HBO has acquired U.S. TV rights to David Bowie: The Last Five Years, directed and produced by Francis Whately. The documentary focuses on the final segment of Bowie’s life, when he recorded his albums The Next Day and Blackstar and co-wrote the stage musical Lazarus.
Whately directed 2013’s David Bowie: Five Years, which examined five earlier eras of Bowie’s extraordinary career, including the Ziggy Stardust period and his Berlin days.
The Last Five Years, a BBC Films production, features rarely seen Bowie interviews, archival footage and audio from the Next Day and Blackstar recording sessions. HBO describes the docu as having “unprecedented access to Bowie’s closest friends and artistic collaborators” and being “a tribute to one of the greatest rock icons of all time.”
Bowie died in January 2016 at age 69, just two days after the release of Blackstar and several months after Lazarus made its off-Broadway debut. At Sunday’s Grammy Awards, Bowie won all five categories in which Blackstar was nominated, including Best Rock Song, Best Rock Performance, Best Alternative Music Album, Best Recording Package and Best Engineered Album, Non-Classical.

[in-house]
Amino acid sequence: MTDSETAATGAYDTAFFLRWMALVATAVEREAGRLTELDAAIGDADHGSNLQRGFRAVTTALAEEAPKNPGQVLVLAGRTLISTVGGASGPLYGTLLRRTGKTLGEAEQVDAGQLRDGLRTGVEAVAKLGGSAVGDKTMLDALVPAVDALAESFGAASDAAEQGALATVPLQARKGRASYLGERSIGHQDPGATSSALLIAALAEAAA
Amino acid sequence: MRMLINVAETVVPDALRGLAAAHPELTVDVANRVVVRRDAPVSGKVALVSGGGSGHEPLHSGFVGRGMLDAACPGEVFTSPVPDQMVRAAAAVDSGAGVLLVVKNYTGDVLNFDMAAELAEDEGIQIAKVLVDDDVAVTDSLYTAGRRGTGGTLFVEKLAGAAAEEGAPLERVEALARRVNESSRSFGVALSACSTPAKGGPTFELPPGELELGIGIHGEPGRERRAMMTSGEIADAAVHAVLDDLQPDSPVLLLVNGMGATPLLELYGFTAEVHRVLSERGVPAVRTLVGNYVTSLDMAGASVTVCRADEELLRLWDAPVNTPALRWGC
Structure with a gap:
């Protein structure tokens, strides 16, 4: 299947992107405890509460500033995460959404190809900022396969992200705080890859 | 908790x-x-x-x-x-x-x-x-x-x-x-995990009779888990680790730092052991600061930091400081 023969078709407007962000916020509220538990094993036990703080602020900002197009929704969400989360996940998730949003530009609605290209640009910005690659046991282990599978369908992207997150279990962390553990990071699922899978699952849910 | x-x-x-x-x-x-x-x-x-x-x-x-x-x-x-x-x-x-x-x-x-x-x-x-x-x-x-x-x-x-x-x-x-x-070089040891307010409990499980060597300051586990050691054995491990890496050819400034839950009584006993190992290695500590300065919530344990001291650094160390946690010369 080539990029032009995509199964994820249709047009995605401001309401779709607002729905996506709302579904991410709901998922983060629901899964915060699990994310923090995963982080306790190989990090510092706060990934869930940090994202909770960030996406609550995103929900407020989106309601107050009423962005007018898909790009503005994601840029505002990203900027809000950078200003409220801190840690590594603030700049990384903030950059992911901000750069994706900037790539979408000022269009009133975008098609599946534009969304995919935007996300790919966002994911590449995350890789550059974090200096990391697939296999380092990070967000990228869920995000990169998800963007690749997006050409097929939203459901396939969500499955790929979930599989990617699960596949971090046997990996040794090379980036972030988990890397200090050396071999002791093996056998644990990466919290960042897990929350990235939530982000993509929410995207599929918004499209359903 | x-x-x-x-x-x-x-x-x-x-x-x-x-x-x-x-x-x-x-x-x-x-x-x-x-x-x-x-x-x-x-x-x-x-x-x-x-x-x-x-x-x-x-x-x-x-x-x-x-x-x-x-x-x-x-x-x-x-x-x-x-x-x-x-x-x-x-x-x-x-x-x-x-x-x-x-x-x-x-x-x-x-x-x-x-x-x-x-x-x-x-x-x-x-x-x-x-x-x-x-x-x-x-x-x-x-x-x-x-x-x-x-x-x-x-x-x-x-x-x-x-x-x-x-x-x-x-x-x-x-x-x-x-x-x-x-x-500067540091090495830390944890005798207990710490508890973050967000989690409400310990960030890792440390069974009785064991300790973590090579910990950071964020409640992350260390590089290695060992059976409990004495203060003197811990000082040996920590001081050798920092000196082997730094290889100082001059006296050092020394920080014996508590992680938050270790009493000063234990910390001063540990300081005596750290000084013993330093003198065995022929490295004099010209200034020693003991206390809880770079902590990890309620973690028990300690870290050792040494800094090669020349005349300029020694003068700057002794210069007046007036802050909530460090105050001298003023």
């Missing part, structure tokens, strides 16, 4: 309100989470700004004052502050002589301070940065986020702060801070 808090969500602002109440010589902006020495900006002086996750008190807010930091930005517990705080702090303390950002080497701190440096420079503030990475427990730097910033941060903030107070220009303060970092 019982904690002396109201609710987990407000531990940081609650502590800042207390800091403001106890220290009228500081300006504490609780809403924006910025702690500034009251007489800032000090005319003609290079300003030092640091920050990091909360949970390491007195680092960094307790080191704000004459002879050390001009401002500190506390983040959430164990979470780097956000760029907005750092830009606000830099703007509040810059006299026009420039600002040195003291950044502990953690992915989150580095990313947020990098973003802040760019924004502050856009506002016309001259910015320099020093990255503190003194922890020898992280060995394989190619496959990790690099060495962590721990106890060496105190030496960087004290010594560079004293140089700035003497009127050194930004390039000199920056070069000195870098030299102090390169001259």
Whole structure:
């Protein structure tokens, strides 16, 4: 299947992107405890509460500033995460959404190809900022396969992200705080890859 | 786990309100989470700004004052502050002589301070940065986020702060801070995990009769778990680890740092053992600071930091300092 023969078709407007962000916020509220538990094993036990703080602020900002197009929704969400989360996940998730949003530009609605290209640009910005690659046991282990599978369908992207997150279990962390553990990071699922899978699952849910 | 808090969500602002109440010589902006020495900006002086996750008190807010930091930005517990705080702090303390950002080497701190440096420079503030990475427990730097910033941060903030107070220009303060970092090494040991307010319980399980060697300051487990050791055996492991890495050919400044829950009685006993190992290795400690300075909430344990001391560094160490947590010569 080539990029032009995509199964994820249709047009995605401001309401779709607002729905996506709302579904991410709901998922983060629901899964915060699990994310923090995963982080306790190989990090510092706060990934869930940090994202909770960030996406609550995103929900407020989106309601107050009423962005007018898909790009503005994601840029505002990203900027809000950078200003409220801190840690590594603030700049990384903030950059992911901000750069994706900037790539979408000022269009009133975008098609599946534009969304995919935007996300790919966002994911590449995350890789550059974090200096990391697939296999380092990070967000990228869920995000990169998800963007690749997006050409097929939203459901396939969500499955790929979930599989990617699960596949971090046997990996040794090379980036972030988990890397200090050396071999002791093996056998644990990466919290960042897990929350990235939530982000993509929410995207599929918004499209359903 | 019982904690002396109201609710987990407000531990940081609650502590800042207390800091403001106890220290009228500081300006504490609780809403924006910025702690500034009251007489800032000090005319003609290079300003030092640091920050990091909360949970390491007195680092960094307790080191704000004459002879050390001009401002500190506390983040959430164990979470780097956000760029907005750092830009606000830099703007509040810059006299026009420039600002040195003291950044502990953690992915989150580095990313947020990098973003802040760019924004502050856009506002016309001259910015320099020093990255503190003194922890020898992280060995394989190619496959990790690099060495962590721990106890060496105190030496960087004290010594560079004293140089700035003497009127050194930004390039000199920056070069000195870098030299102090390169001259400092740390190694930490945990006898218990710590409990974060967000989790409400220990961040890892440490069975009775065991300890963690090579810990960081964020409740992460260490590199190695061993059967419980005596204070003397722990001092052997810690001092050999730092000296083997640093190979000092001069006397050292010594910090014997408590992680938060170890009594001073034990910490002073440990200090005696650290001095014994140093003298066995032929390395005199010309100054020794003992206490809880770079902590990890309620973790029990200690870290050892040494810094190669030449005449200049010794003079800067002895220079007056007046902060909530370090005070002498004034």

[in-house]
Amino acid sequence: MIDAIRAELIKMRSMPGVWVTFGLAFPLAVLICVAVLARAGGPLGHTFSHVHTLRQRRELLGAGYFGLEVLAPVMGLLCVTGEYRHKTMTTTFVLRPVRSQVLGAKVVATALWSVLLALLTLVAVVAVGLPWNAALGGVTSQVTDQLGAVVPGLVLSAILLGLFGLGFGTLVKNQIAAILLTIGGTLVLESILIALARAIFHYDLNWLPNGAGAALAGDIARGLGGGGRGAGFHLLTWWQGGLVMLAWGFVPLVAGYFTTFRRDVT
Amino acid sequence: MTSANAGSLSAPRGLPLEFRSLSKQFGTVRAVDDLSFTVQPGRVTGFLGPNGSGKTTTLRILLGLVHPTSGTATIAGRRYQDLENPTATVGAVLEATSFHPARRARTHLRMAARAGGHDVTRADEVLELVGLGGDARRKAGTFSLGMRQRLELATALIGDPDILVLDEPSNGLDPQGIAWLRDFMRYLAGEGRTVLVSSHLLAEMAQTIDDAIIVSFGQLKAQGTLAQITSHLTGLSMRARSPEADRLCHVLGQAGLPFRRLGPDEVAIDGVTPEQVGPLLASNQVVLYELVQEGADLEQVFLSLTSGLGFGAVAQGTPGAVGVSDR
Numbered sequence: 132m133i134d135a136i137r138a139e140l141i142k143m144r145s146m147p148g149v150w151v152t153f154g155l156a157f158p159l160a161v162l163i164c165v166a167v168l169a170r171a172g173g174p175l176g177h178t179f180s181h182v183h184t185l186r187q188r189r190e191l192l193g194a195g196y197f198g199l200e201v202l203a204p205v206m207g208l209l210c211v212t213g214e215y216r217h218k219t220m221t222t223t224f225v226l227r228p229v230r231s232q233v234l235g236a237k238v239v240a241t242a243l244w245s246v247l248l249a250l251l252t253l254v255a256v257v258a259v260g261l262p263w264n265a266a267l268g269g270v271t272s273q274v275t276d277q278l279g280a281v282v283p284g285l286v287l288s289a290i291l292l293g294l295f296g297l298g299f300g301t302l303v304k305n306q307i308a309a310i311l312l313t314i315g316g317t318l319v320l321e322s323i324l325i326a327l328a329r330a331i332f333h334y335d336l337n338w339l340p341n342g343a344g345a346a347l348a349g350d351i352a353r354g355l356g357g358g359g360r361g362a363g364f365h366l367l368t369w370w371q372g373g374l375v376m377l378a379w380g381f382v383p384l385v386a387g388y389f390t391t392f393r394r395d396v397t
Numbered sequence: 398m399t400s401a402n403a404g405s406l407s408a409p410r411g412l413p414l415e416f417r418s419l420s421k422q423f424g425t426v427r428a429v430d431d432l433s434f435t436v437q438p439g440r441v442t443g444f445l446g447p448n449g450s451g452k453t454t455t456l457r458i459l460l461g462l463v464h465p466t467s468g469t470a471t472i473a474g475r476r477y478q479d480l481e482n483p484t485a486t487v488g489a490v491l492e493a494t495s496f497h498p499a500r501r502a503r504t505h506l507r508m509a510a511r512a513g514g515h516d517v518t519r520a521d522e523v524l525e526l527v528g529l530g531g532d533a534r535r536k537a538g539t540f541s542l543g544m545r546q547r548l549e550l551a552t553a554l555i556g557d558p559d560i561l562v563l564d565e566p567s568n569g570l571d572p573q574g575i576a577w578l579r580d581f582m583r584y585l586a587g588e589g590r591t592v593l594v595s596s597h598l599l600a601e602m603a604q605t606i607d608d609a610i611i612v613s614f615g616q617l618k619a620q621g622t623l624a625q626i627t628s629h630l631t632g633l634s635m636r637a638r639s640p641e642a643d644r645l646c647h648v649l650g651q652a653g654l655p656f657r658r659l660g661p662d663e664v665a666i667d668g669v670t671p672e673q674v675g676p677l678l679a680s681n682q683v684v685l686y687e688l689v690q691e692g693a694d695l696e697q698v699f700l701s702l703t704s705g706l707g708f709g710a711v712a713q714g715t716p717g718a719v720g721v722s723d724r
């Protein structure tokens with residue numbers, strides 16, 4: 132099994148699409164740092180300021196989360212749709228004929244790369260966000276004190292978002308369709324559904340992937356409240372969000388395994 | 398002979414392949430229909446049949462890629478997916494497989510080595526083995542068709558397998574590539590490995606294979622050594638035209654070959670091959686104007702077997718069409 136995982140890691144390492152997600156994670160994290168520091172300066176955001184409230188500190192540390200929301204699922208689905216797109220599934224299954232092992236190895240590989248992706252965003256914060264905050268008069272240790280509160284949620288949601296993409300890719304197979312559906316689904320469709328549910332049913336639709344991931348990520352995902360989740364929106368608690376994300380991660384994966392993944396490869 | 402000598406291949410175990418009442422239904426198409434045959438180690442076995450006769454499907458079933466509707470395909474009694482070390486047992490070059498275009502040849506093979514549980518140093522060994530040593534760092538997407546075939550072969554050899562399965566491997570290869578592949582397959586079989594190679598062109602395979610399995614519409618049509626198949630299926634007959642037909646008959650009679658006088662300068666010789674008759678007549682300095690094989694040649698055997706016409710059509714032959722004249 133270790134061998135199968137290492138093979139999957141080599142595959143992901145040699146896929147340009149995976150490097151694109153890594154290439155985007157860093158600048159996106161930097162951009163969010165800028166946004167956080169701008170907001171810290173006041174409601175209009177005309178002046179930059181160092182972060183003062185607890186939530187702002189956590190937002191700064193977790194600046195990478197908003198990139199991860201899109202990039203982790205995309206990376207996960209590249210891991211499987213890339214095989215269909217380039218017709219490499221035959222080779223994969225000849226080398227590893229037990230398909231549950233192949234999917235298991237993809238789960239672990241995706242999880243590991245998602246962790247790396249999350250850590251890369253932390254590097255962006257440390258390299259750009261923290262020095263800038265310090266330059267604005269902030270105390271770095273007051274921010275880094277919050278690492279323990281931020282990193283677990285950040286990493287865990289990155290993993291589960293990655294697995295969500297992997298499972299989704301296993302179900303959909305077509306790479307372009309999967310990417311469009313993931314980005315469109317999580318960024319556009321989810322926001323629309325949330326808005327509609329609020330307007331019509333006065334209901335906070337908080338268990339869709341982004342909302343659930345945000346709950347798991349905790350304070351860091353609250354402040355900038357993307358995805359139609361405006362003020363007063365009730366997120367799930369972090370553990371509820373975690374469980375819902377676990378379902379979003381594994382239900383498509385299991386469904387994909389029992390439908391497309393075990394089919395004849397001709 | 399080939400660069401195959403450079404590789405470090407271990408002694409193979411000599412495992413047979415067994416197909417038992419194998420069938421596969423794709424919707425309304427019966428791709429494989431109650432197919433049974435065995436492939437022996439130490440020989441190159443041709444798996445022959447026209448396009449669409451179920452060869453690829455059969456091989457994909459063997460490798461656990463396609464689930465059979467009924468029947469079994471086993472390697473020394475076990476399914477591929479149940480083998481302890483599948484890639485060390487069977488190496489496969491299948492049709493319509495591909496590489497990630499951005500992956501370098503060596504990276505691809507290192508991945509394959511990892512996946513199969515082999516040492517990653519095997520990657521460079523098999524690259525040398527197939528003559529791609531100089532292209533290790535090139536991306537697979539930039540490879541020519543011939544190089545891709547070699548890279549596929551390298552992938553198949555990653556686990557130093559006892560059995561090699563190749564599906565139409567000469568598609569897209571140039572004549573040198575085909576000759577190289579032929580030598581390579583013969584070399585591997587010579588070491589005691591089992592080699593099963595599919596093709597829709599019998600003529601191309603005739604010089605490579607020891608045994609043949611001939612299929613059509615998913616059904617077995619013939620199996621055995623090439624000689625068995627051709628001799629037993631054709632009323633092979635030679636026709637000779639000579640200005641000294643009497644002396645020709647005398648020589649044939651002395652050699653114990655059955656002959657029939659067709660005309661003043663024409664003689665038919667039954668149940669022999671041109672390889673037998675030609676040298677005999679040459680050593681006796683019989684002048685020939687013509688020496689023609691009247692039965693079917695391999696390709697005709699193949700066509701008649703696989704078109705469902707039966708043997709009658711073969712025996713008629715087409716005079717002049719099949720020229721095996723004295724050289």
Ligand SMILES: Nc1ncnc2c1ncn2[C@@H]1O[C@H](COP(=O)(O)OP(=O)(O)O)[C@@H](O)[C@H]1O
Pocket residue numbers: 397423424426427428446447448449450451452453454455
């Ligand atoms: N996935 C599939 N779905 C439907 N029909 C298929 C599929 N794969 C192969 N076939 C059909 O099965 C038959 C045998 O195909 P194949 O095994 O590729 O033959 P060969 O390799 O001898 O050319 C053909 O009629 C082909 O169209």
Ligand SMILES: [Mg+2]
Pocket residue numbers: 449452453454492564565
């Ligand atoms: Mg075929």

The deal with HBO was negotiated by Melissa Green, VP Factual TV Sales and Co-Productions at BBC Worldwide North America.
“Looking at Bowie’s extraordinary creativity during the last five years of his life has allowed me to re-examine his life’s work and move beyond the simplistic view that his career was simply predicated on change,” said Whately. “HBO, whose global output the world admires, is a great channel to get this incredible documentary out to the U.S. fans.”
Among those interviewed in Last Five Years: Tony Visconti, Bowie’s longtime producer; Robert Fox, producer of Lazarus; cast members of the show; and musicians who contributed to his final two studio albums.
David Bowie: The Last Five Years will be presented by HBO Documentary Films and is a BBC Films production. Executive producer is Phil Dolling.